Clause 32 - Objective of a relevant licensee nuclear company administration

Nuclear Energy (Financing) Bill – in a Public Bill Committee am 11:30 am ar 25 Tachwedd 2021.

Danfonwch hysbysiad imi am ddadleuon fel hyn

Photo of Alan Whitehead Alan Whitehead Shadow Minister (Department for Business, Energy and Industrial Strategy) (Energy and Climate Change), Shadow Minister (Business, Energy and Industrial Strategy) 11:30, 25 Tachwedd 2021

I beg to move amendment 18, in clause 32, page 24, line 24, at end insert—

“(5A) In the event that a relevant licensee nuclear company cannot be rescued as a going concern, or if a transfer of the undertaking to a wholly owned subsidiary does not result in the establishment of a going concern, the Secretary of State must establish a Government-owned company into which the assets, liabilities and undertakings of the relevant licensee nuclear company may be transferred in order to allow electricity supply to be commenced or continued at the nuclear installation in respect of which the relevant nuclear licensee holds a nuclear licence.”

Where a failed company cannot be rescued as a going concern or successfully have its assets transferred to a subsidiary, this amendment would require the Government to establish a Government-owned company to allow operations to continue.

The amendment goes to the heart of this part of the Bill, which deals with a special administration regime for when a nuclear power plant cannot get to production levels—in other words, when the nuclear power plant is not completed at the point at which the company that is constructing it effectively goes bust—or is in production but the company that is responsible for the management and operation of it goes bust at that point. The special administration regime is put in place, as the Minister says, to protect the interests of the customer, in terms of the sums they have put into the whole arrangement through the counterparty. We discussed how that works in a previous sitting of the Committee.

We certainly welcome the setting out of the provision in part 3, because it is important in providing a backstop in case of failure, during either construction or production, of the company that is involved in doing it. That company will have gone through the process of designation, licence modification and so on, and is therefore deeply involved in the nuclear power station at that point. Although we welcome the provision, analysis of how the clause works suggests that there are potential deficiencies in the end outcome of the process that is set out. I say that partly because, as I am sure hon. Members will be interested to know, the clause is closely modelled on the special administration regime set out in the Energy Act 2011. Of course, the 2011 special administration regime is oddly pertinent this morning because of the collapse of Bulb Energy and the decision by the Secretary of State to invoke sections of the Energy Act to establish a special administration regime over and above the supply of last resort, which was previously the method used for assuring customers about their supply when energy companies went bust. On this occasion, the Energy Act has come to the rescue.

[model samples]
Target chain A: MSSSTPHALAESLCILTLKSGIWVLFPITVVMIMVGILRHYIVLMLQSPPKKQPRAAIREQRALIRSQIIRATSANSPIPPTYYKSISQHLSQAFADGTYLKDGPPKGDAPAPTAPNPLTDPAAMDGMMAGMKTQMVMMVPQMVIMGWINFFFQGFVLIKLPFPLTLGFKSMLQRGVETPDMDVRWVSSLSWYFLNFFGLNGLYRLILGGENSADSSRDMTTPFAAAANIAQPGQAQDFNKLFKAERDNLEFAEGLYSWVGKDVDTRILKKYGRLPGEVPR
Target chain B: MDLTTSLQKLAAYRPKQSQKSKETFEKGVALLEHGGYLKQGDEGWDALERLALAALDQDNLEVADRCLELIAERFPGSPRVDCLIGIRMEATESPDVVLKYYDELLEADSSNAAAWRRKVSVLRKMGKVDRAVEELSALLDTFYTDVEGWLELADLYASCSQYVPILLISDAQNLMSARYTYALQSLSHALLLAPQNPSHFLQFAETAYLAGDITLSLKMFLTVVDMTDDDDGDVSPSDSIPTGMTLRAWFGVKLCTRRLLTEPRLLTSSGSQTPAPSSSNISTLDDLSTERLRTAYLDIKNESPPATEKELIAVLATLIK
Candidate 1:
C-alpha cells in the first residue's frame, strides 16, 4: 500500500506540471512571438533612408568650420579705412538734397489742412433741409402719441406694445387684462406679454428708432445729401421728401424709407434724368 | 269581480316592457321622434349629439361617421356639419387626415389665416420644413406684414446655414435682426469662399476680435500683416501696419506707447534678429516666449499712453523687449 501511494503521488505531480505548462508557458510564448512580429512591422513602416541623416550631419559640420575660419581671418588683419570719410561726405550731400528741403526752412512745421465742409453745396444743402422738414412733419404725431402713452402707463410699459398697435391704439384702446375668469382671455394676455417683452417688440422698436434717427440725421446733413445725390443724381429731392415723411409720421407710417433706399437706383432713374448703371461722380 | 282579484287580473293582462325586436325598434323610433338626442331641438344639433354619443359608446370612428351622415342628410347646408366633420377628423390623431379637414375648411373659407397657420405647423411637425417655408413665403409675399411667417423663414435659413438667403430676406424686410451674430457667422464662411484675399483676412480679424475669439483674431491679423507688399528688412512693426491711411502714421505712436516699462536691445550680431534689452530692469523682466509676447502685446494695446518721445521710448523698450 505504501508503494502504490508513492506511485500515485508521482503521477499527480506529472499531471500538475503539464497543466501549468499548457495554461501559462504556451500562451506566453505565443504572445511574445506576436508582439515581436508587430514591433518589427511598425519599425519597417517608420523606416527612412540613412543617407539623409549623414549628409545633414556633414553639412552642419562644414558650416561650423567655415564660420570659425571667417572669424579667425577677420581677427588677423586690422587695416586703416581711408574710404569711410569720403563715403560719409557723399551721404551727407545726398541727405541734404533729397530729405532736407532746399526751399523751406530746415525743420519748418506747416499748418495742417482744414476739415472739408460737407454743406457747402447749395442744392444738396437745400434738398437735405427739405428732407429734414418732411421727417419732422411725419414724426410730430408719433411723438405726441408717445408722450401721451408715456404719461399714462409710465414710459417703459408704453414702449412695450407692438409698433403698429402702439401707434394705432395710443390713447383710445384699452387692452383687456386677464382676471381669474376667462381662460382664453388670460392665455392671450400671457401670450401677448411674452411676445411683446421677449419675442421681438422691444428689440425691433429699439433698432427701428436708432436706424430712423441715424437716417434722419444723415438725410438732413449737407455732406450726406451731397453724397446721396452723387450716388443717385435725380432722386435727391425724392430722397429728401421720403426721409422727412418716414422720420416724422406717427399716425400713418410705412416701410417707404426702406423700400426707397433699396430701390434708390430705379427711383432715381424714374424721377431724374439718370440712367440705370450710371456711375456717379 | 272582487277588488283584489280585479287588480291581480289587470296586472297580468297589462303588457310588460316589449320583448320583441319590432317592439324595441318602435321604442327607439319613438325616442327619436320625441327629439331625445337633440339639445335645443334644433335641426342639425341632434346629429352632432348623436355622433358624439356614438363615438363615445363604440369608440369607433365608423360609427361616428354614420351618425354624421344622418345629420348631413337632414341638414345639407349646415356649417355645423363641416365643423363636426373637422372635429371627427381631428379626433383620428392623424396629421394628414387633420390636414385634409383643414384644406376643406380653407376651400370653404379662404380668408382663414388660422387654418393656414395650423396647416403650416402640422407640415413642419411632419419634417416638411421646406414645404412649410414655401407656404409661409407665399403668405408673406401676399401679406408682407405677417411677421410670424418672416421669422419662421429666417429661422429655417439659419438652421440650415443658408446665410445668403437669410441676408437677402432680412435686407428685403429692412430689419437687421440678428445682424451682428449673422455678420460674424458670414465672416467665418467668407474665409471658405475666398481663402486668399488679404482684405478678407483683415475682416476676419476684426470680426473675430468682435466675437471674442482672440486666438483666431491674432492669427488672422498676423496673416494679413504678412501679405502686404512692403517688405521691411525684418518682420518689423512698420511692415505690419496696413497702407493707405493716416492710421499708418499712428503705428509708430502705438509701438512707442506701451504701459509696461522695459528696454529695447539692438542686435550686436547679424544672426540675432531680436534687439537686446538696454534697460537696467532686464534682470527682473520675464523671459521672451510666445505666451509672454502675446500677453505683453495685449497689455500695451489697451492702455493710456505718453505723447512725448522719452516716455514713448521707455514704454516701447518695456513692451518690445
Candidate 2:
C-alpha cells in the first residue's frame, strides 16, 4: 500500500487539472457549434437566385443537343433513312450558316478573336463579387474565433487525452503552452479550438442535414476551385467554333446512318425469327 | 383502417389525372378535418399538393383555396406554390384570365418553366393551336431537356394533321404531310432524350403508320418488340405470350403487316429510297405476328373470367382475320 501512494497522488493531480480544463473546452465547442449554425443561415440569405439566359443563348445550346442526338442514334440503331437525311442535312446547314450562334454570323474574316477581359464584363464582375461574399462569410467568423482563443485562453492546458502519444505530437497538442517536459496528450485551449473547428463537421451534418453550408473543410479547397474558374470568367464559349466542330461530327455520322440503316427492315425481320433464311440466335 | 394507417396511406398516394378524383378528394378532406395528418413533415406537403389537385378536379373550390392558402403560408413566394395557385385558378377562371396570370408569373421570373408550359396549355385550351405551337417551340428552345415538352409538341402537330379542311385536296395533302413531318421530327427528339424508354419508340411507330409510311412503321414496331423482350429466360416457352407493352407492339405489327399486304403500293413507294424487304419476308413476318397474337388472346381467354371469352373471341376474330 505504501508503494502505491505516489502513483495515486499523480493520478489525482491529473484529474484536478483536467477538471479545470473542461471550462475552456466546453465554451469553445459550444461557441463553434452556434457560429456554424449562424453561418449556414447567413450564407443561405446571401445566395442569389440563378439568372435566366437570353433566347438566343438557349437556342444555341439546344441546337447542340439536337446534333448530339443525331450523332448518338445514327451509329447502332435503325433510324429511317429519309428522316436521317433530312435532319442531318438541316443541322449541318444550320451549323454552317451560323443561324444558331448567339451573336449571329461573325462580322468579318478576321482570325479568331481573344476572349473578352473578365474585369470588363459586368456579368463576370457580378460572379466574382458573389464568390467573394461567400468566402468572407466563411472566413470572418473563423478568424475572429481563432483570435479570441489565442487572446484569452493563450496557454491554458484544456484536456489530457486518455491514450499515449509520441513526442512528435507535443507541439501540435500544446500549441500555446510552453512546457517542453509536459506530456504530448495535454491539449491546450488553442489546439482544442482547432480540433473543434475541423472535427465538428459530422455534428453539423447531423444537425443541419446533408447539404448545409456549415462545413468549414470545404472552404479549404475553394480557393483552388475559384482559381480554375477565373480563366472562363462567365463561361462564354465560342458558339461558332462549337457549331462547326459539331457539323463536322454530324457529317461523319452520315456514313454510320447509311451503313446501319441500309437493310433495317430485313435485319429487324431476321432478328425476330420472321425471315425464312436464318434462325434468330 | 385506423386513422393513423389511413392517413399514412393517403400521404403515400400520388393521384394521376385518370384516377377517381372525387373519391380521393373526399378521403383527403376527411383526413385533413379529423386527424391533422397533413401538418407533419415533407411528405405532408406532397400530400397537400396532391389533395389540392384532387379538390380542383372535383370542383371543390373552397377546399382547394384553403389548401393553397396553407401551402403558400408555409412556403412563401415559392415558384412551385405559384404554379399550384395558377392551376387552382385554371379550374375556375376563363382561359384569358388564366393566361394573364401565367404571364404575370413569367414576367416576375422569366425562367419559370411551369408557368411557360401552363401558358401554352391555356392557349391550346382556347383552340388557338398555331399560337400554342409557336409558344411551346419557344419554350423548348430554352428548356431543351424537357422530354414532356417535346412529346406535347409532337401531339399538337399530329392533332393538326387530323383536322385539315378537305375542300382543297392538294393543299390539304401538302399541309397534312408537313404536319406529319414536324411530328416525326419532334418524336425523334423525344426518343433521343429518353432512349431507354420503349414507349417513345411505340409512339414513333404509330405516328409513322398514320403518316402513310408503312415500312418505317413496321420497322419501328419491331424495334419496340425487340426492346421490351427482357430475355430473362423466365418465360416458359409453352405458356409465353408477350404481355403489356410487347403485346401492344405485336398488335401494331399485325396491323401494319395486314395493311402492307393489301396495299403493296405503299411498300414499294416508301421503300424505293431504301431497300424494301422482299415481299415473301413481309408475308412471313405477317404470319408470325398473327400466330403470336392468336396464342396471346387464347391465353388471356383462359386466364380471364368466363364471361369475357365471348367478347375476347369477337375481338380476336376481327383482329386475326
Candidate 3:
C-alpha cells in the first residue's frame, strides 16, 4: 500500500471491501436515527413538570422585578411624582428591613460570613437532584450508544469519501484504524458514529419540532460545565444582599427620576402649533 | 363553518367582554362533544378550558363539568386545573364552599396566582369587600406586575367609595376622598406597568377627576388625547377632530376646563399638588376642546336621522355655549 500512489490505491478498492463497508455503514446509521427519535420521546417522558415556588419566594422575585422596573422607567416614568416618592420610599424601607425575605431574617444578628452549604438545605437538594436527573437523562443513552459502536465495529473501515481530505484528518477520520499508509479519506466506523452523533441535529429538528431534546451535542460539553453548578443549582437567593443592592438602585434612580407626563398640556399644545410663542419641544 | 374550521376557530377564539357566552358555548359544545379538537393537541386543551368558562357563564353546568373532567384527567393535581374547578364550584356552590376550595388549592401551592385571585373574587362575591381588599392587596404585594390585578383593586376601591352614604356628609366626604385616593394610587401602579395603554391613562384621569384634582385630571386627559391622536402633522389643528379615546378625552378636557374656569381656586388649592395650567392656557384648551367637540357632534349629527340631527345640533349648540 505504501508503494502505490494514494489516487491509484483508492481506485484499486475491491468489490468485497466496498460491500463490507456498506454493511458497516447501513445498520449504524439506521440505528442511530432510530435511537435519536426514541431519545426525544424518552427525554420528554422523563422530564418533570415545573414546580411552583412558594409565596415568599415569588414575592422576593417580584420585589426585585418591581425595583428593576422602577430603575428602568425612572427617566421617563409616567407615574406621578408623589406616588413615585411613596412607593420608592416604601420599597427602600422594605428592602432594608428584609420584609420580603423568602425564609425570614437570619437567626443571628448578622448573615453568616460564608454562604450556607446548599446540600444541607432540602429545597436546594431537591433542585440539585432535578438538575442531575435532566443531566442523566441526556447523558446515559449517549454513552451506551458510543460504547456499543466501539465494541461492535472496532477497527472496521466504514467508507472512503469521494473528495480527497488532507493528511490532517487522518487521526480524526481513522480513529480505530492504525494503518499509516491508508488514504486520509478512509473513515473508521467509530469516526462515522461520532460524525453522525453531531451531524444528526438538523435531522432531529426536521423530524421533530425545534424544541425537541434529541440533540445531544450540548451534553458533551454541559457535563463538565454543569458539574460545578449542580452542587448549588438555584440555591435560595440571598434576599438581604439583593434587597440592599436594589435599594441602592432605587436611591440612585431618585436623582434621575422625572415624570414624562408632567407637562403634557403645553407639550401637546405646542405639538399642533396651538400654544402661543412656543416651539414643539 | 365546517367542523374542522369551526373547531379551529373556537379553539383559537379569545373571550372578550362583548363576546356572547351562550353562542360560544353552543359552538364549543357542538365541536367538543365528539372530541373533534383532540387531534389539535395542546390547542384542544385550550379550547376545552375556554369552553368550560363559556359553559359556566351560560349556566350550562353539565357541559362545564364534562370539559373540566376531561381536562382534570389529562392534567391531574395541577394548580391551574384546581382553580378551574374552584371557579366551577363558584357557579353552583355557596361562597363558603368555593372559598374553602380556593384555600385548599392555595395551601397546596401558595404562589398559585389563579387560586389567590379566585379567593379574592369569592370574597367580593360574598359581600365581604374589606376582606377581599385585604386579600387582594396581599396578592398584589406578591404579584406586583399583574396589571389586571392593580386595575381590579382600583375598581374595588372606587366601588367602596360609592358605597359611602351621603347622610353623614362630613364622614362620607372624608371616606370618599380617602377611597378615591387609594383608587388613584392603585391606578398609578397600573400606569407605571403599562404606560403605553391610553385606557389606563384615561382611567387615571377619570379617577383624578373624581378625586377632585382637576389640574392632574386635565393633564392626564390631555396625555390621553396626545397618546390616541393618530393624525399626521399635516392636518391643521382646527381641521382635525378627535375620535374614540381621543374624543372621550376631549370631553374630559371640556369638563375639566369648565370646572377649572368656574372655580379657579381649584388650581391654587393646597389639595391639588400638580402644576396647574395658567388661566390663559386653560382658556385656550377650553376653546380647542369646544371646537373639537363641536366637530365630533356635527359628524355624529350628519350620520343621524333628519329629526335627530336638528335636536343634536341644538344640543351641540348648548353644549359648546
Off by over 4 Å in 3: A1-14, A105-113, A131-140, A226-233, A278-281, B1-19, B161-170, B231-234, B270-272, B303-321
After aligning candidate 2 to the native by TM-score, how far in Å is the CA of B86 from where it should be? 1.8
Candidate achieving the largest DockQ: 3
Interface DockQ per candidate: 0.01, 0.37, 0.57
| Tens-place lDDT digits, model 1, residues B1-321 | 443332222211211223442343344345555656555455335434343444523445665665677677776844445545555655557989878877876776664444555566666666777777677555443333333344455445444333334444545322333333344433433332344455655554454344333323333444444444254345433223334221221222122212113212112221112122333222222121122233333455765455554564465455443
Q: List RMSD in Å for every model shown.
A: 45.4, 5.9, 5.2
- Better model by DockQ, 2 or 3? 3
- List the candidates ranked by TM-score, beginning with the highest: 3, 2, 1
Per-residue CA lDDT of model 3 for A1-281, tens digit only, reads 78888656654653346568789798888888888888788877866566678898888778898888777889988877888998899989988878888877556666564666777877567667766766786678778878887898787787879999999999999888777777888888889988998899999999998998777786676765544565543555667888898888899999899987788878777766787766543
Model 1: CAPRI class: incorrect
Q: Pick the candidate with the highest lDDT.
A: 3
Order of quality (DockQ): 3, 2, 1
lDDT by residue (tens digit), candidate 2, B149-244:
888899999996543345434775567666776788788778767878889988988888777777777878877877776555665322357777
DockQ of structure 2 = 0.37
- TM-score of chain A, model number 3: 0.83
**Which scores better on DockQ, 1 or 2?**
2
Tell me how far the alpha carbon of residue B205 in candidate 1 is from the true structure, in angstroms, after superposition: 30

There are lots of questions about how the regime under the 2011 Act will work, but it is sufficient for us to note the closeness of the text and direction of part 3 of the Bill to sections 94 and 95 of the Energy Act. Hon. Members will have to take it on trust that the wording is so similar, but they are very welcome to go and look up the relevant piece of legislation. I have a copy in front of me, and if this were an undergraduate essay that I had to mark in a previous life, I would be immediately on the phone to the department to say that my student had been guilty of substantial plagiarism.

Of course, there is a substantial difference in the application of those two pieces of legislation. One is applied to a failed energy company, about which a number of things can be done fairly quickly, such as seeking to revive the failed energy company through a period of administration and then relaunching it at a later date, when circumstances have changed—in this instance, perhaps when the high fuel costs have abated and the company, with different set-ups, might be a going concern again. The options are to launch it as a going concern, to pass it on to other buyers—which is very possibly the case with Bulb Energy—or, as an extreme, to eventually close the company down and parcel out its customers to other companies. According to the 2011 legislation, there are a number of fairly obvious routes that end that period of administration.